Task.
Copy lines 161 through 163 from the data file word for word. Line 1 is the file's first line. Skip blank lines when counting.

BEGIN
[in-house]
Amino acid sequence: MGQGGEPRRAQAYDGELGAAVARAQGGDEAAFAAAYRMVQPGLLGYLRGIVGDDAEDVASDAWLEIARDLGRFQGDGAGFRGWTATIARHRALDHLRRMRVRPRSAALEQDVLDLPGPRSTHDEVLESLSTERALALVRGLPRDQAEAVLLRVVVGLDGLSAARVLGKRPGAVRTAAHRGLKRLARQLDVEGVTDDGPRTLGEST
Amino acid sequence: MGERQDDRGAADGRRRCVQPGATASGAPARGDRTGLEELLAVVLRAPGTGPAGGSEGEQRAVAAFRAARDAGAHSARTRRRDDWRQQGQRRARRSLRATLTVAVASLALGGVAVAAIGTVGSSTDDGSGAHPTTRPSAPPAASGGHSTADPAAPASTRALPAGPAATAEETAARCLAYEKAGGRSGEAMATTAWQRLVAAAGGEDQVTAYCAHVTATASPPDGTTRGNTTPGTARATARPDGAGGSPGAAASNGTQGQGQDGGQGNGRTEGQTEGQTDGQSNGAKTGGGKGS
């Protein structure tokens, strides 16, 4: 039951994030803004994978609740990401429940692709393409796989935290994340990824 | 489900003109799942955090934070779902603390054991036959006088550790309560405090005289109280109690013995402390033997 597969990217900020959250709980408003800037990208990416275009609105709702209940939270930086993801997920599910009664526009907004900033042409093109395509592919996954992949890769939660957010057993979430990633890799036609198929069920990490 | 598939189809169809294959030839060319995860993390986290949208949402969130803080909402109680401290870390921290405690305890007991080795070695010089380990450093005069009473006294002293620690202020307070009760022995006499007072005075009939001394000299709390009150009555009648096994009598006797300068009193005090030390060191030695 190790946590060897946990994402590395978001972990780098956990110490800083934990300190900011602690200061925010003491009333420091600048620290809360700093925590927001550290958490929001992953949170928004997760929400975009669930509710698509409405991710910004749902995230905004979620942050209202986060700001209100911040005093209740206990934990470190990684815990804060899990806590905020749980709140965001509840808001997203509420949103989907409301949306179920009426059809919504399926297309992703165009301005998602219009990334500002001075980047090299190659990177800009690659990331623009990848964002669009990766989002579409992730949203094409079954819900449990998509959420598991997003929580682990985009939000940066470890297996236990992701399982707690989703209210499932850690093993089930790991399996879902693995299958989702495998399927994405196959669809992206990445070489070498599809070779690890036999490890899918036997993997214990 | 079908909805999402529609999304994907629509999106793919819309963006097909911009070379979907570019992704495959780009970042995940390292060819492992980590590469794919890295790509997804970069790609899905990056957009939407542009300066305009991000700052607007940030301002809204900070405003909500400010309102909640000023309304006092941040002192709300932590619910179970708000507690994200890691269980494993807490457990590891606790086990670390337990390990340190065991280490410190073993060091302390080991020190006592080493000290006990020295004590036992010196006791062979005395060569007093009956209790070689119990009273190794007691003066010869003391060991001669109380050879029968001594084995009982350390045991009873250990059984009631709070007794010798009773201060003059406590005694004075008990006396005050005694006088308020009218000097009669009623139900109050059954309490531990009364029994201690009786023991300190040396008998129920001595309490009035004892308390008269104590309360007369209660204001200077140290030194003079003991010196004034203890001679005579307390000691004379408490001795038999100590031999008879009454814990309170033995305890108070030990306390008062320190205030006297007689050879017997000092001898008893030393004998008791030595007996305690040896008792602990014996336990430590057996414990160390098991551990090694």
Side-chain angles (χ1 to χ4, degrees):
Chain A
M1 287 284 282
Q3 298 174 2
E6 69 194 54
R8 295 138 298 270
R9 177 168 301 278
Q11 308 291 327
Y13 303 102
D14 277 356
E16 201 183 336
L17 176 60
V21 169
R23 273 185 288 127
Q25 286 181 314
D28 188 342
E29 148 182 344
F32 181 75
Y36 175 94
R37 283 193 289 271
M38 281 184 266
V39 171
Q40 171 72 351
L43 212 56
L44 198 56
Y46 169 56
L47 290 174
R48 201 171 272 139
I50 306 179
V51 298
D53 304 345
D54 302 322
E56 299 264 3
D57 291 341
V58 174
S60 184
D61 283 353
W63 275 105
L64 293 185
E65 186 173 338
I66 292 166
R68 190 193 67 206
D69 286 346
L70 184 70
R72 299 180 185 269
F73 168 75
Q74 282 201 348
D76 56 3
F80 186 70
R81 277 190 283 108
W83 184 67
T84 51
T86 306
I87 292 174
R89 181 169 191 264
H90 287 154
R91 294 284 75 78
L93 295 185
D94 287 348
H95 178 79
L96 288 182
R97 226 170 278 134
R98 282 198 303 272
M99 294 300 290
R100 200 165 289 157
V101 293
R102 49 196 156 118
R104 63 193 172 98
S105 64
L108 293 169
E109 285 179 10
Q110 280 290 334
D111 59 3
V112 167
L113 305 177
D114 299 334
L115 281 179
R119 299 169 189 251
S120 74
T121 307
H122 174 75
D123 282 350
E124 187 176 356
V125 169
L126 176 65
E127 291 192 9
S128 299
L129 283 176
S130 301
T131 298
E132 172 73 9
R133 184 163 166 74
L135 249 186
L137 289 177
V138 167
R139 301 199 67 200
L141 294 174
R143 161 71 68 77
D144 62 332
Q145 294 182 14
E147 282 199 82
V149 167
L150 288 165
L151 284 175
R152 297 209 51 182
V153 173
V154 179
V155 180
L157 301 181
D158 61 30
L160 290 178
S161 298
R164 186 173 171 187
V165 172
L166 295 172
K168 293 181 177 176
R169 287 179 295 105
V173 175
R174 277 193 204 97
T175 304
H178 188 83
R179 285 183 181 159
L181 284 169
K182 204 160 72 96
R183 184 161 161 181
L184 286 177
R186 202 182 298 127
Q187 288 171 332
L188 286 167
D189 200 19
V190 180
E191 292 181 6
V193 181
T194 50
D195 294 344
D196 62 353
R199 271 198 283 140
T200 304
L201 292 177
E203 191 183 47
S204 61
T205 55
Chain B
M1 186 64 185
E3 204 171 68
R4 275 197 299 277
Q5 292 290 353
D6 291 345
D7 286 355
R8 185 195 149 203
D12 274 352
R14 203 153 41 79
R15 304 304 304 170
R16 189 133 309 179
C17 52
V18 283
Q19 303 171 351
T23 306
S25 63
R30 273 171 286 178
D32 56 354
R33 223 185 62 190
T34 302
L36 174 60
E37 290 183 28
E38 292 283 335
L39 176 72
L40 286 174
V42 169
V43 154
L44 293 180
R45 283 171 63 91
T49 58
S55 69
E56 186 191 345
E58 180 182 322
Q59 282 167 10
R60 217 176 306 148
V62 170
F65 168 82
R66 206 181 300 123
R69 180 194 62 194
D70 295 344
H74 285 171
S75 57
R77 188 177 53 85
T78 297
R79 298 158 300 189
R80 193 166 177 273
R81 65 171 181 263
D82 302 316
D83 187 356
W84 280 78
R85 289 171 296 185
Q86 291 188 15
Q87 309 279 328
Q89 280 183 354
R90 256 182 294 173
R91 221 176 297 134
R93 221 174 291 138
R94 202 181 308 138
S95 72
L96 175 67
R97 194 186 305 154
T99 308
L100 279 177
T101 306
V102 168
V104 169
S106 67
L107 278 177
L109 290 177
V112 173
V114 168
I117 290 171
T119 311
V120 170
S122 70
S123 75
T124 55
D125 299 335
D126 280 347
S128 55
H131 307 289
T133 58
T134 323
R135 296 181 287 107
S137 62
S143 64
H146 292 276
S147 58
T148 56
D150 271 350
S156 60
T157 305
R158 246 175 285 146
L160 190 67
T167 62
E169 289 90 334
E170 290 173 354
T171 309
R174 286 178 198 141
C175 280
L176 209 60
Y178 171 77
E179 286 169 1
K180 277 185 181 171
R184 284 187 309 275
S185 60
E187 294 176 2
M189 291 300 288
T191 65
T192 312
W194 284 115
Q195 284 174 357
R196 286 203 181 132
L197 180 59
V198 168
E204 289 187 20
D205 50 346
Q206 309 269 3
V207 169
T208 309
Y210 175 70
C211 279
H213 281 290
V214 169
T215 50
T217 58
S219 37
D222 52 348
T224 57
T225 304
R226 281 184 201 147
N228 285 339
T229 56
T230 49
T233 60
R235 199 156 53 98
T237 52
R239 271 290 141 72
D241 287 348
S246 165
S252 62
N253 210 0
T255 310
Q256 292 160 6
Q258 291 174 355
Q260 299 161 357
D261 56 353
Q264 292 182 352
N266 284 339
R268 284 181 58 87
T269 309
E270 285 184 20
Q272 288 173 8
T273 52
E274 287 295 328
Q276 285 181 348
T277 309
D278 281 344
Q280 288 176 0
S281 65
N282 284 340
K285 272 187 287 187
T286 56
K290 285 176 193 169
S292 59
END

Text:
Q19 303 171 351
T23 306
S25 63